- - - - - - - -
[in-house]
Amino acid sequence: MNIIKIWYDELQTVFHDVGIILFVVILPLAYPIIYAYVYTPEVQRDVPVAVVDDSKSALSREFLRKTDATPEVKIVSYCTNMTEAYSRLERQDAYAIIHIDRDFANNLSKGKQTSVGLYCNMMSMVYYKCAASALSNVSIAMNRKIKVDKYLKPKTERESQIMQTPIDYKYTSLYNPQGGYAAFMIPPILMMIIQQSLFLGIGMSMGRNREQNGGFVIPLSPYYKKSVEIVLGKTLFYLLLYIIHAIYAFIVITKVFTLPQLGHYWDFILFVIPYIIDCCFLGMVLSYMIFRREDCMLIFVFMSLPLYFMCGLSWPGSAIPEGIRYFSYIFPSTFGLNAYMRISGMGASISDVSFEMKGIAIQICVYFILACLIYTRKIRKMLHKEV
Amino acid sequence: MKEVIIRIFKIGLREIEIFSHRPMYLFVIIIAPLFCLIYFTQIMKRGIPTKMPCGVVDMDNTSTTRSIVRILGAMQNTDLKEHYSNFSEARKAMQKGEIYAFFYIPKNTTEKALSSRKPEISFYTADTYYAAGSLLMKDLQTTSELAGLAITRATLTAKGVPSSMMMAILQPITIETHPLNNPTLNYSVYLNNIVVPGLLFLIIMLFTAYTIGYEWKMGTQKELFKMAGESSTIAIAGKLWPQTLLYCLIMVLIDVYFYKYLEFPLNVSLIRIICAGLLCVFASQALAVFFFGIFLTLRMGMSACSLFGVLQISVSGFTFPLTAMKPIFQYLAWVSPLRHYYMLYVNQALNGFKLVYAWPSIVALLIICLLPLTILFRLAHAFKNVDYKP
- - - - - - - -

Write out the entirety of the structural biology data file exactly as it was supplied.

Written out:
[in-house]
Amino acid sequence: MNIIKIWYDELQTVFHDVGIILFVVILPLAYPIIYAYVYTPEVQRDVPVAVVDDSKSALSREFLRKTDATPEVKIVSYCTNMTEAYSRLERQDAYAIIHIDRDFANNLSKGKQTSVGLYCNMMSMVYYKCAASALSNVSIAMNRKIKVDKYLKPKTERESQIMQTPIDYKYTSLYNPQGGYAAFMIPPILMMIIQQSLFLGIGMSMGRNREQNGGFVIPLSPYYKKSVEIVLGKTLFYLLLYIIHAIYAFIVITKVFTLPQLGHYWDFILFVIPYIIDCCFLGMVLSYMIFRREDCMLIFVFMSLPLYFMCGLSWPGSAIPEGIRYFSYIFPSTFGLNAYMRISGMGASISDVSFEMKGIAIQICVYFILACLIYTRKIRKMLHKEV
Amino acid sequence: MKEVIIRIFKIGLREIEIFSHRPMYLFVIIIAPLFCLIYFTQIMKRGIPTKMPCGVVDMDNTSTTRSIVRILGAMQNTDLKEHYSNFSEARKAMQKGEIYAFFYIPKNTTEKALSSRKPEISFYTADTYYAAGSLLMKDLQTTSELAGLAITRATLTAKGVPSSMMMAILQPITIETHPLNNPTLNYSVYLNNIVVPGLLFLIIMLFTAYTIGYEWKMGTQKELFKMAGESSTIAIAGKLWPQTLLYCLIMVLIDVYFYKYLEFPLNVSLIRIICAGLLCVFASQALAVFFFGIFLTLRMGMSACSLFGVLQISVSGFTFPLTAMKPIFQYLAWVSPLRHYYMLYVNQALNGFKLVYAWPSIVALLIICLLPLTILFRLAHAFKNVDYKP